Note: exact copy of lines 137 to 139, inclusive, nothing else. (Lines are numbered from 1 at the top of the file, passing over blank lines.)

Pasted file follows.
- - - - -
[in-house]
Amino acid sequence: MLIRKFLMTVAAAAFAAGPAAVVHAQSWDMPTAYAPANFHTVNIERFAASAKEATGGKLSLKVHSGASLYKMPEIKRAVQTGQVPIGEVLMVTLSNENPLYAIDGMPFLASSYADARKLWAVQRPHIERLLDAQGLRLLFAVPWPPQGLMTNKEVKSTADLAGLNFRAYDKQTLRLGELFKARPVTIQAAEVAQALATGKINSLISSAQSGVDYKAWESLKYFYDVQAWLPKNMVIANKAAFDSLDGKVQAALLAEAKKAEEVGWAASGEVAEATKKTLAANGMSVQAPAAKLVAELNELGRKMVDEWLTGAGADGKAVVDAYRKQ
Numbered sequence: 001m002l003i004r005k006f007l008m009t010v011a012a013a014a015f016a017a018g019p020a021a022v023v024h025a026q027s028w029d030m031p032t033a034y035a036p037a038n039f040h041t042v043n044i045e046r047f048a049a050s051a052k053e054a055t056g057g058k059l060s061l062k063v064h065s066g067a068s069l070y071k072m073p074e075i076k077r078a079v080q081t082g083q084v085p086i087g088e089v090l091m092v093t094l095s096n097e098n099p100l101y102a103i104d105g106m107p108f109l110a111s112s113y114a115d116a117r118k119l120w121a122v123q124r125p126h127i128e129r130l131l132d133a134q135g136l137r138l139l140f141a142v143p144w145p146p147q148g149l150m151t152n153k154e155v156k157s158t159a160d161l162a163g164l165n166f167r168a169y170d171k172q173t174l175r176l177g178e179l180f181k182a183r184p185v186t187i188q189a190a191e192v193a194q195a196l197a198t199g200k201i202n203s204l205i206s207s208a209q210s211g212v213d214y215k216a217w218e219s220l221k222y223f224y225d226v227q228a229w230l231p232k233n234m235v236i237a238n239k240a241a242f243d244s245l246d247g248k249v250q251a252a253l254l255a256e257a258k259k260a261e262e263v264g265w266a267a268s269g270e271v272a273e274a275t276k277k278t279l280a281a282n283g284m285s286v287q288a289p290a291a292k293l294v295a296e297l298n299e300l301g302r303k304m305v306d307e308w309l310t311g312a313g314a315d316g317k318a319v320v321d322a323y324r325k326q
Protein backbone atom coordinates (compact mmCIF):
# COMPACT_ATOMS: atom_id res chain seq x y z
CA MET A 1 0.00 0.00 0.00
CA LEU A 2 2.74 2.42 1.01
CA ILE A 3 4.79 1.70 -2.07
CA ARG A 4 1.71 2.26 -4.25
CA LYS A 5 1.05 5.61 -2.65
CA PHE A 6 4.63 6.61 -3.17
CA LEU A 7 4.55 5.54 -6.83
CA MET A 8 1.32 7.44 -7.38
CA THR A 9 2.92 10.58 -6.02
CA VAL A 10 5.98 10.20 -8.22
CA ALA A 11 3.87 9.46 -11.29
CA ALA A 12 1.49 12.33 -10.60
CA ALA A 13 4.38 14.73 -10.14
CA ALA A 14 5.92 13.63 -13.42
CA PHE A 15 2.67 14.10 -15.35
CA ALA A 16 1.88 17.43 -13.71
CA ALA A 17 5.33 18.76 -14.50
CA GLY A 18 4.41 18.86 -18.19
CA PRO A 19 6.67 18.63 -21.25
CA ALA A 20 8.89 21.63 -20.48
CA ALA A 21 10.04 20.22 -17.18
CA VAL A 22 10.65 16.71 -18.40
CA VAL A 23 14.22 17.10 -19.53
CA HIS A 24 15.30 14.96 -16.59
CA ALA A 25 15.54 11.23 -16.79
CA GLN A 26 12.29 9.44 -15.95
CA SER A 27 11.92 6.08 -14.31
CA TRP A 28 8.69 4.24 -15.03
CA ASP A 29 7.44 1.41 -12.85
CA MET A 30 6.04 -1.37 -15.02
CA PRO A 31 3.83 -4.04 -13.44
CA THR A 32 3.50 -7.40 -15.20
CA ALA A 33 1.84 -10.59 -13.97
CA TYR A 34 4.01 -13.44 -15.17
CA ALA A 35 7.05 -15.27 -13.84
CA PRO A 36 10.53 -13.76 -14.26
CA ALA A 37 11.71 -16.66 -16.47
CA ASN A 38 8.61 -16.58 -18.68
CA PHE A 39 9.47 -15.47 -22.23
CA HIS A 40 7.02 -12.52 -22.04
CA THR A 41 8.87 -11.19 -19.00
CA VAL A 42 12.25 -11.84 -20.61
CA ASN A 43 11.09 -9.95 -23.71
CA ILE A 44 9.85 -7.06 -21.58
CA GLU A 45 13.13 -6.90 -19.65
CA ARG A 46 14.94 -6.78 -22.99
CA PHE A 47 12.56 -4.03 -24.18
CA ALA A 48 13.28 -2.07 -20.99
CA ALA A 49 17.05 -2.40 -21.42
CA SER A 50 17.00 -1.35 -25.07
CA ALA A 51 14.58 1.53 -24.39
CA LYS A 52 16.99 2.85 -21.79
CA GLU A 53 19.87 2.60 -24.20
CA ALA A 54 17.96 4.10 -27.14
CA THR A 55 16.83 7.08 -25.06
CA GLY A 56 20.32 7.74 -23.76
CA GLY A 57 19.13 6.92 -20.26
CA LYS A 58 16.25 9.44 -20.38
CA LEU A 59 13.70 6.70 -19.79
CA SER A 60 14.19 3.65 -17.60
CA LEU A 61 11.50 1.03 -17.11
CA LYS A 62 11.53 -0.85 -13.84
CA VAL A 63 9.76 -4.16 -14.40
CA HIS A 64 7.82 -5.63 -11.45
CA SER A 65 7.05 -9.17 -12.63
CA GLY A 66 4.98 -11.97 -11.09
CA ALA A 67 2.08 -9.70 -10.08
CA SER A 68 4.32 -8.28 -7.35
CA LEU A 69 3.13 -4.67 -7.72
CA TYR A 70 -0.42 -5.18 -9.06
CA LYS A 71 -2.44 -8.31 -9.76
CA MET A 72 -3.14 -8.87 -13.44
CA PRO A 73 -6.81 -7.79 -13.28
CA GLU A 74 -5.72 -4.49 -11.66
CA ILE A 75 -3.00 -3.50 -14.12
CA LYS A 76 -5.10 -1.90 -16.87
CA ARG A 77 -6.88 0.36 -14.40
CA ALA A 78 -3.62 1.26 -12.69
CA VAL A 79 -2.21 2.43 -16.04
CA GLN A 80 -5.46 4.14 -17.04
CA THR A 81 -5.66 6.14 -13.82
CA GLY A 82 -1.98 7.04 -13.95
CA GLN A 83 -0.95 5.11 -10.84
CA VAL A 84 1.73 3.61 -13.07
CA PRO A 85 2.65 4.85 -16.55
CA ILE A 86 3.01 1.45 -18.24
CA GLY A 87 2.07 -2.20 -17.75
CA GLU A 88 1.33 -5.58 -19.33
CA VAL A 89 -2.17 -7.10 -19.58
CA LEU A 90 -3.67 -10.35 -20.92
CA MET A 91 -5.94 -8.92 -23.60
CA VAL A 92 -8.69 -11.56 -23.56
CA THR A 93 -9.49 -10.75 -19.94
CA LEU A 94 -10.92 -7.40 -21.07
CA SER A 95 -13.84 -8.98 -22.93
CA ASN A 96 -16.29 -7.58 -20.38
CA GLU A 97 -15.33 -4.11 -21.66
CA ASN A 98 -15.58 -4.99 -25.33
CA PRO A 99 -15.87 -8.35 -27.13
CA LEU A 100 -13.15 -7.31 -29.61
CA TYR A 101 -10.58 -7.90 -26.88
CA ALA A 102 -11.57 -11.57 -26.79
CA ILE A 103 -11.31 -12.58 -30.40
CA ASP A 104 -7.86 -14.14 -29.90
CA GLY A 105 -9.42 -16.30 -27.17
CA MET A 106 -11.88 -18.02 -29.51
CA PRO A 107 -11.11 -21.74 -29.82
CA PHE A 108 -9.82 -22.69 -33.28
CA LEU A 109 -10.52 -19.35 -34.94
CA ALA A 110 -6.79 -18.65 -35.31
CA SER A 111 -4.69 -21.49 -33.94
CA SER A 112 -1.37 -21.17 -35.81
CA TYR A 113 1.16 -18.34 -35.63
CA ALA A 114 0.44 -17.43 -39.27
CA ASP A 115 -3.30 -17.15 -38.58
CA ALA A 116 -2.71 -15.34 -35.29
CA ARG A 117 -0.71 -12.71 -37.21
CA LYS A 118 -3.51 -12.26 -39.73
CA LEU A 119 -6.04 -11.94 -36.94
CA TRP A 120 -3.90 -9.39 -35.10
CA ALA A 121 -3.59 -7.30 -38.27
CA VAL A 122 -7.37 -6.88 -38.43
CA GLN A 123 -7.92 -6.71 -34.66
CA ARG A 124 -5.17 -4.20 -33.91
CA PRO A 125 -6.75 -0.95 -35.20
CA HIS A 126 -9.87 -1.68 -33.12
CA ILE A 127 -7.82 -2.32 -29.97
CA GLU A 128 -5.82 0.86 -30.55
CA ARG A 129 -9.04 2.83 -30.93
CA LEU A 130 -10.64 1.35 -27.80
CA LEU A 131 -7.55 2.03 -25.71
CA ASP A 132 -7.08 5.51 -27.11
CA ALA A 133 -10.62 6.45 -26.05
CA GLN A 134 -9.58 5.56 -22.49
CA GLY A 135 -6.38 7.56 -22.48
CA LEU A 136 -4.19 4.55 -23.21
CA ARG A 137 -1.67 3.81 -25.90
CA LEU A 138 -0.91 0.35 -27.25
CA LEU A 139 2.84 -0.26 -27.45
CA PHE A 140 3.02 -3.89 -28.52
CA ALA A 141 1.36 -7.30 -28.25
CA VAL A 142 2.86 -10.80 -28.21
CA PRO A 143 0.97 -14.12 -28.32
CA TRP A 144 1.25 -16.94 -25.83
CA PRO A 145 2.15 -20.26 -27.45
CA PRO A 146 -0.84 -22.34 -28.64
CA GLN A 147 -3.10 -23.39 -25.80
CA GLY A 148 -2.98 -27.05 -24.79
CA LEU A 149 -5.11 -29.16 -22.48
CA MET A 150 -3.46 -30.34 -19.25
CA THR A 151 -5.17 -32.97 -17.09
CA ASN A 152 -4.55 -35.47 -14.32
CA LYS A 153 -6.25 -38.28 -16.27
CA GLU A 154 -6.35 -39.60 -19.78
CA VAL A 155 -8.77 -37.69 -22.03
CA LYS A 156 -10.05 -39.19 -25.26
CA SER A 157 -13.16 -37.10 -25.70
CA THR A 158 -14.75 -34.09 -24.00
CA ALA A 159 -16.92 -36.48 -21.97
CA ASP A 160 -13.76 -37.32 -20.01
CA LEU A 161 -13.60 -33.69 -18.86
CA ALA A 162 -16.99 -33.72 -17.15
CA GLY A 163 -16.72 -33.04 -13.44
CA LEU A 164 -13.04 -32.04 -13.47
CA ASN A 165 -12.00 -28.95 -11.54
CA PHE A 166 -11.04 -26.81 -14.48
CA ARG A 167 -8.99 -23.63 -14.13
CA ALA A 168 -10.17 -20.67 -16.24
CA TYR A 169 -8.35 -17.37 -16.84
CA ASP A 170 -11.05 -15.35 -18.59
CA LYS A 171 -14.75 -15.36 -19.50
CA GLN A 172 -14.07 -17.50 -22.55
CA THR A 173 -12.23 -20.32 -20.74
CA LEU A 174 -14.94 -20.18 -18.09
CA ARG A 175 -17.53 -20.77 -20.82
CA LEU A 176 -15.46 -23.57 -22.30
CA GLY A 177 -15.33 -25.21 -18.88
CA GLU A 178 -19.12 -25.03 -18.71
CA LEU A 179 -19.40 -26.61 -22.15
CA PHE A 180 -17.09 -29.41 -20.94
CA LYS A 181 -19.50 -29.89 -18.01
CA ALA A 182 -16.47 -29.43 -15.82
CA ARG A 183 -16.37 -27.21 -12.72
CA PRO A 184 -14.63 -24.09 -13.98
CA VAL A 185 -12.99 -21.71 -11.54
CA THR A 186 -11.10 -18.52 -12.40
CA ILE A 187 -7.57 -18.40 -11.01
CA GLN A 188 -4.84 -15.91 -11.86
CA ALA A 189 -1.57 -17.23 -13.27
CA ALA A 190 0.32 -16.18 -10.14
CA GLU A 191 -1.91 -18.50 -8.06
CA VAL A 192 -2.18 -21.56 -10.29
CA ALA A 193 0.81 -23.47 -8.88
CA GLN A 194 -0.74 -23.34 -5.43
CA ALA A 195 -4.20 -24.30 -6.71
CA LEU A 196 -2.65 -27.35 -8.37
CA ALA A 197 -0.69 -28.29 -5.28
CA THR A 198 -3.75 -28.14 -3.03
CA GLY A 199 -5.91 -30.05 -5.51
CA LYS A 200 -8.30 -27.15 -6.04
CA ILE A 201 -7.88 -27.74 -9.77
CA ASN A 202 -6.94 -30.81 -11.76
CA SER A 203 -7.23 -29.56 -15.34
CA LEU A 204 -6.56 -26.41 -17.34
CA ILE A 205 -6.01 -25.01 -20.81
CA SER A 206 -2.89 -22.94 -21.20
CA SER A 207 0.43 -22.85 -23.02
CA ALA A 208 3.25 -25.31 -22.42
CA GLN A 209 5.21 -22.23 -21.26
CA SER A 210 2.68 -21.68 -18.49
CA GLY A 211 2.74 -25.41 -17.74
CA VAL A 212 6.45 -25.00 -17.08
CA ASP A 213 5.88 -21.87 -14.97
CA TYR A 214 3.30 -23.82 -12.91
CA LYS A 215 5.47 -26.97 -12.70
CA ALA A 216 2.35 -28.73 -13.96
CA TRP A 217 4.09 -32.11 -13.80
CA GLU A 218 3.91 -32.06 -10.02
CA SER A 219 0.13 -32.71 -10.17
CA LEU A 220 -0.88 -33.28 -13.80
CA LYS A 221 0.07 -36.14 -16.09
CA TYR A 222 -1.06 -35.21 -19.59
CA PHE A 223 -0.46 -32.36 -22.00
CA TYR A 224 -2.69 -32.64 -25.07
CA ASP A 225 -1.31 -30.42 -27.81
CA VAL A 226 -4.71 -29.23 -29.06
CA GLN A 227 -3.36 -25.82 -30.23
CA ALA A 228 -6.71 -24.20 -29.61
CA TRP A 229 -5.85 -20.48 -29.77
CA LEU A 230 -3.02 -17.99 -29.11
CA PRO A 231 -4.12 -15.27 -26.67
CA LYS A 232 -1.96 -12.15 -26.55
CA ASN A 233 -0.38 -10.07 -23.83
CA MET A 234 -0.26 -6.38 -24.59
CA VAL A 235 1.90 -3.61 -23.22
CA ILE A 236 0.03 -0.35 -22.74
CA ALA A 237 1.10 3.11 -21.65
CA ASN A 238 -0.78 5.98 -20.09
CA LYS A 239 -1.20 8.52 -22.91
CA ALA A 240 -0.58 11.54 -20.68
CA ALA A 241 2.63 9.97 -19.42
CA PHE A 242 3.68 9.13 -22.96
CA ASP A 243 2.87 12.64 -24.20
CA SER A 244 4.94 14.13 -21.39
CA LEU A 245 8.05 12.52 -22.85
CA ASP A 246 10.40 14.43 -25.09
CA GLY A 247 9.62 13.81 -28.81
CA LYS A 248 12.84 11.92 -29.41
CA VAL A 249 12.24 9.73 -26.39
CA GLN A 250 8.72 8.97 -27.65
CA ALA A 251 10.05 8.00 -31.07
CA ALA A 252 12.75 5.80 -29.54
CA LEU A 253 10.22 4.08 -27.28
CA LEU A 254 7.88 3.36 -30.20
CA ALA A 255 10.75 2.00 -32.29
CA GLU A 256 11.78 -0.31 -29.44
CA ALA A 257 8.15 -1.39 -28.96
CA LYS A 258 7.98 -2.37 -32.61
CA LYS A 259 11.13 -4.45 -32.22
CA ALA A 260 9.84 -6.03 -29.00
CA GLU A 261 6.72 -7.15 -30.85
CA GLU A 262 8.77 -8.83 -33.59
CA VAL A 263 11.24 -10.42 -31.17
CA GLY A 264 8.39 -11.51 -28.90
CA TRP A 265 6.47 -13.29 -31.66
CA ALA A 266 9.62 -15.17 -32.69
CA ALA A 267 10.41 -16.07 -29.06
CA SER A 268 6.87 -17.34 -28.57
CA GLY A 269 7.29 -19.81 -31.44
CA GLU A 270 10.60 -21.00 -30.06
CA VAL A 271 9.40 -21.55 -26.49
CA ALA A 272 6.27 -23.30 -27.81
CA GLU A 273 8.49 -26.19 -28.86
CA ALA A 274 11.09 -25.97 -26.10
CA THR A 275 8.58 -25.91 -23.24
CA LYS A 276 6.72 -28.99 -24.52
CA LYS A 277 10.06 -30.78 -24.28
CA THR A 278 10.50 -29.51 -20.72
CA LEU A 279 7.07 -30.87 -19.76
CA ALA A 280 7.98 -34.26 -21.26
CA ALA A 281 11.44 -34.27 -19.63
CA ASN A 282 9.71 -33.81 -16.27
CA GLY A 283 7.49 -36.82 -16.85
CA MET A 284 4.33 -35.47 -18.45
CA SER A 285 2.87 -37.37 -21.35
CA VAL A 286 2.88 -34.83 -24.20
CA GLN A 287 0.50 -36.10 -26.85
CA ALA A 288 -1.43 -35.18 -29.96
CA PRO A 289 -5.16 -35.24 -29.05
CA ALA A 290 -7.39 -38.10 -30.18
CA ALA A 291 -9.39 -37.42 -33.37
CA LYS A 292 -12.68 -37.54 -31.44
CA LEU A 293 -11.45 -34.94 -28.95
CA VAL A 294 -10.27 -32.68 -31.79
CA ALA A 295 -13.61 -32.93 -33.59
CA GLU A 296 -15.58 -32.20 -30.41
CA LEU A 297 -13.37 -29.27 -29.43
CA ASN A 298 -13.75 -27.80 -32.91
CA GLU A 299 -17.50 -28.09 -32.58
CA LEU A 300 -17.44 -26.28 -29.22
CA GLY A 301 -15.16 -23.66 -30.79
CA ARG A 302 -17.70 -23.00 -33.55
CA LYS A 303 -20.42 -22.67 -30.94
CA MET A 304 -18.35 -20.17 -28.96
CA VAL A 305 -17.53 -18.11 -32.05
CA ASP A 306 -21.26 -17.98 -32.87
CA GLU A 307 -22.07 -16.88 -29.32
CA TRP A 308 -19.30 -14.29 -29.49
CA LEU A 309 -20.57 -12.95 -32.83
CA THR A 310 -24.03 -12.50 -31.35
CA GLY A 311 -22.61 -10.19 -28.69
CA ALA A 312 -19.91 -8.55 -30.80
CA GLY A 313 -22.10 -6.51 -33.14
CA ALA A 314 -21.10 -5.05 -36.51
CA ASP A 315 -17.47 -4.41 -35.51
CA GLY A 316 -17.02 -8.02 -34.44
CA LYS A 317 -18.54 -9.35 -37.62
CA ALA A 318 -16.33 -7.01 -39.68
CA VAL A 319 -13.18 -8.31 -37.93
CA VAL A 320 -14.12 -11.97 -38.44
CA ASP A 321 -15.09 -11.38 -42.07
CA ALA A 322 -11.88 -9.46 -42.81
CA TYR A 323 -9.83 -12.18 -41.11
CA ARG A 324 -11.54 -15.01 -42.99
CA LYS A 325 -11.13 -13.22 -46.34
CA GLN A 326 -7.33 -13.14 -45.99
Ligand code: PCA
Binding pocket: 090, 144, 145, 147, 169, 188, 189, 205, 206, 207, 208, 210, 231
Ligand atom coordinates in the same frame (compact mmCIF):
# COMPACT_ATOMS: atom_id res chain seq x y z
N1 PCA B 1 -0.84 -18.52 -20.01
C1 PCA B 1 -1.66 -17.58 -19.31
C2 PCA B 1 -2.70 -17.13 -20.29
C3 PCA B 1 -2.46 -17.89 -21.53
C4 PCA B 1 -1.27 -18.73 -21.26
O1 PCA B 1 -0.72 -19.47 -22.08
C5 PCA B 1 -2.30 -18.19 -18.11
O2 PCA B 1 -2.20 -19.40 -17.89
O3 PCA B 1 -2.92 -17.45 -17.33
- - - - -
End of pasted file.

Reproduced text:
CA ASP A 132 -7.08 5.51 -27.11
CA ALA A 133 -10.62 6.45 -26.05
CA GLN A 134 -9.58 5.56 -22.49